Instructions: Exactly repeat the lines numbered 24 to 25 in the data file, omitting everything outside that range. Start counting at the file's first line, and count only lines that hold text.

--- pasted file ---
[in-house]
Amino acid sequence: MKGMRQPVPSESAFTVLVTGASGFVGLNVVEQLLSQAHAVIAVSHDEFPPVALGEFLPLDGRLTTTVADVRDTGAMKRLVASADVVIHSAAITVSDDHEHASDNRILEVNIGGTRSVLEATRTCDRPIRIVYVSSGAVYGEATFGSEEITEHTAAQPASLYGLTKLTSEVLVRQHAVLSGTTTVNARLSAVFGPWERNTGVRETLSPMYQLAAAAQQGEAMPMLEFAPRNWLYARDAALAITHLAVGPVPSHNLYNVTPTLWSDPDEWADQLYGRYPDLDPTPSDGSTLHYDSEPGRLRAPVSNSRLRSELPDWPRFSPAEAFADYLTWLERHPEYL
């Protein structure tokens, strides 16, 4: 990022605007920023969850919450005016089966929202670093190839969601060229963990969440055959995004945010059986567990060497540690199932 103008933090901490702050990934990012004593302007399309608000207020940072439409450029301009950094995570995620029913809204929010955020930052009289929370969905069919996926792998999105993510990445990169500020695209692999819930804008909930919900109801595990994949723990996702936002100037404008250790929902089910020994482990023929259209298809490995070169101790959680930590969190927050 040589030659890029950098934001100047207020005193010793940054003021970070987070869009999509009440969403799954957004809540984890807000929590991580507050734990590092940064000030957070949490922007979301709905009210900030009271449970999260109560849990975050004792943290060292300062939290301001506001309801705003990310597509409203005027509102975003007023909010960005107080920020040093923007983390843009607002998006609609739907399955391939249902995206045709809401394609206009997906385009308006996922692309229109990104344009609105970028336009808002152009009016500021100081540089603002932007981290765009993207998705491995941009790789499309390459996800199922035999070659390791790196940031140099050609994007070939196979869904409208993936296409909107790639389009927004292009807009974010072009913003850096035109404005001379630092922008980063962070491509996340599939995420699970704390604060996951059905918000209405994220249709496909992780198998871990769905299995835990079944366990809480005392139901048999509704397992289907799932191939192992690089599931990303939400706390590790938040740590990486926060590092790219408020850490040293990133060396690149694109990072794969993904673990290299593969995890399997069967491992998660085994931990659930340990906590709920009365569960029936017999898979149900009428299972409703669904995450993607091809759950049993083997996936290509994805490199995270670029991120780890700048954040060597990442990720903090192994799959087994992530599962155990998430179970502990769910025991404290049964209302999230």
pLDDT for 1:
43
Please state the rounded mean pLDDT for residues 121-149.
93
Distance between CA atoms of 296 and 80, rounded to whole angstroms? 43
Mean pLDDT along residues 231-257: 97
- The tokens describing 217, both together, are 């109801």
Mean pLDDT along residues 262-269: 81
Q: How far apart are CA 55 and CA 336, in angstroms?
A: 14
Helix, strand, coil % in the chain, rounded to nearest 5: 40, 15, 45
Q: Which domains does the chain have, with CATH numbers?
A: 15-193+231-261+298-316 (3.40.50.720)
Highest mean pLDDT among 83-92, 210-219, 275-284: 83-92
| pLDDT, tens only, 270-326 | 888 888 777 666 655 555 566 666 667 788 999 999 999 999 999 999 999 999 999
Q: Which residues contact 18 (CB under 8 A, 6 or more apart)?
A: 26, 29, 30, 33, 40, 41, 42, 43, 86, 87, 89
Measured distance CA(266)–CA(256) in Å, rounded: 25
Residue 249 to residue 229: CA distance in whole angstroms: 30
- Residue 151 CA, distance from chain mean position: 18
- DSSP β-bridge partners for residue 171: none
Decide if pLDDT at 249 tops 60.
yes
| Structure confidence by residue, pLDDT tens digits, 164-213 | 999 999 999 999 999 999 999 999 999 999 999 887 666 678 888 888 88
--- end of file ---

- DSSP β-bridge partners for residue 171: none
Decide if pLDDT at 249 tops 60.